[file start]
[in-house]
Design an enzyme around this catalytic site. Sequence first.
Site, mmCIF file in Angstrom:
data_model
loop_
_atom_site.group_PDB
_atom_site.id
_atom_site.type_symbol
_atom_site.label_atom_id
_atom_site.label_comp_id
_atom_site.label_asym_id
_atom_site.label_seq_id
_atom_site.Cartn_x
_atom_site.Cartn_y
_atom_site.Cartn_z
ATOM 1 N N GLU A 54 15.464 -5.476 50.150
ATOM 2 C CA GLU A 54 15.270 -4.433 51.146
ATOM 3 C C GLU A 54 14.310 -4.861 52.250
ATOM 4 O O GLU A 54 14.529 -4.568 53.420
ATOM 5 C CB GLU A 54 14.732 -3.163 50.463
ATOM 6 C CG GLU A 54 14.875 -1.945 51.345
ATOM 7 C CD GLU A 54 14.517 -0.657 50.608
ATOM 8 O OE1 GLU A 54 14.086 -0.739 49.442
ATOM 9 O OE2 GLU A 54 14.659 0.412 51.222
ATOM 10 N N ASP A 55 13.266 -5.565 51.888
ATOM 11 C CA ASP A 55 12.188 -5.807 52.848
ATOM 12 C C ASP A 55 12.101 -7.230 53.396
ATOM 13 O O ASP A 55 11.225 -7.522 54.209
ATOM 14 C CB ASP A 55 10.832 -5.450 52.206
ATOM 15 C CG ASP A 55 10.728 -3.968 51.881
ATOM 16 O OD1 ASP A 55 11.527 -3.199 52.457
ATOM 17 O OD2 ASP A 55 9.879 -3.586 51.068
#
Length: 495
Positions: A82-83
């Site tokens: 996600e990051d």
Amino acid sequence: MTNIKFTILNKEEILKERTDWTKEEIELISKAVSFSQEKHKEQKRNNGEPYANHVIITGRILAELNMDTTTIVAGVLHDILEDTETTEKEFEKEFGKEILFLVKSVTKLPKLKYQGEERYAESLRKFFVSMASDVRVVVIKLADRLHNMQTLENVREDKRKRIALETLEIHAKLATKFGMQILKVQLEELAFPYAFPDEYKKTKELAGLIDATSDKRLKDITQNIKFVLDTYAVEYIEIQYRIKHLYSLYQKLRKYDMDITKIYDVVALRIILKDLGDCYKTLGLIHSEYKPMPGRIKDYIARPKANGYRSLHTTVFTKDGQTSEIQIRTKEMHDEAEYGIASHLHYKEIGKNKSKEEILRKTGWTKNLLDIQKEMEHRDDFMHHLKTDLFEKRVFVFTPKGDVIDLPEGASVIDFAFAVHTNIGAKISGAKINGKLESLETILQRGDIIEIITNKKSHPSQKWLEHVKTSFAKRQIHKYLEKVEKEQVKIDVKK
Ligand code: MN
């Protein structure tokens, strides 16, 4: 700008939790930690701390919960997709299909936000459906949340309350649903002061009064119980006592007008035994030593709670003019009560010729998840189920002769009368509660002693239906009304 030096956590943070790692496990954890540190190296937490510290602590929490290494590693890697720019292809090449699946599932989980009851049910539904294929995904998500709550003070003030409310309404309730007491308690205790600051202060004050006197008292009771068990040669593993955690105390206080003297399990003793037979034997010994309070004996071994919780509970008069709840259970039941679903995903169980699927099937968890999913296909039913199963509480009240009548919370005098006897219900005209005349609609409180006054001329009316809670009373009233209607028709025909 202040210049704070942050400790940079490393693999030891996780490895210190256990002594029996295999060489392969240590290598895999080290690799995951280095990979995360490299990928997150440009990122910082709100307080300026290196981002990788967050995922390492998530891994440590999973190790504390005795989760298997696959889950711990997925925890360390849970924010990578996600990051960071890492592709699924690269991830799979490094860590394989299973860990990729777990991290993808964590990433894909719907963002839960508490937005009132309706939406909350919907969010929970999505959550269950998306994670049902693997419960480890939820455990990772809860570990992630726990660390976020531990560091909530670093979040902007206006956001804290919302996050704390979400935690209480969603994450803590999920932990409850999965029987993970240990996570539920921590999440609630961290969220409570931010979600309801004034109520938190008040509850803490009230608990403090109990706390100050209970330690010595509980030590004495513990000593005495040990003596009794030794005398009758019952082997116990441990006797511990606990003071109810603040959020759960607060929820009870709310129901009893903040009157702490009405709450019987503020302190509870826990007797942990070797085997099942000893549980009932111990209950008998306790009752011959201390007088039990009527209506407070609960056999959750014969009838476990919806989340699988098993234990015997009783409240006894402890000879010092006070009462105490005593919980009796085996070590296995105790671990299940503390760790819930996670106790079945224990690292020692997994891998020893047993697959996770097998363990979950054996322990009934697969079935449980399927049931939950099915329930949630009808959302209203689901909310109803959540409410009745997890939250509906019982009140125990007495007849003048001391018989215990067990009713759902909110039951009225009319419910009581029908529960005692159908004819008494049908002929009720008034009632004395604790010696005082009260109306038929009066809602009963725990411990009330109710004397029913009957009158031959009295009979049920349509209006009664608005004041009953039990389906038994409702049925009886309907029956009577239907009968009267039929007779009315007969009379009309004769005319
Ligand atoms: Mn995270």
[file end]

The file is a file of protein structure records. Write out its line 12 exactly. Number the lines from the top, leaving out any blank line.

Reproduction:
_atom_site.label_seq_id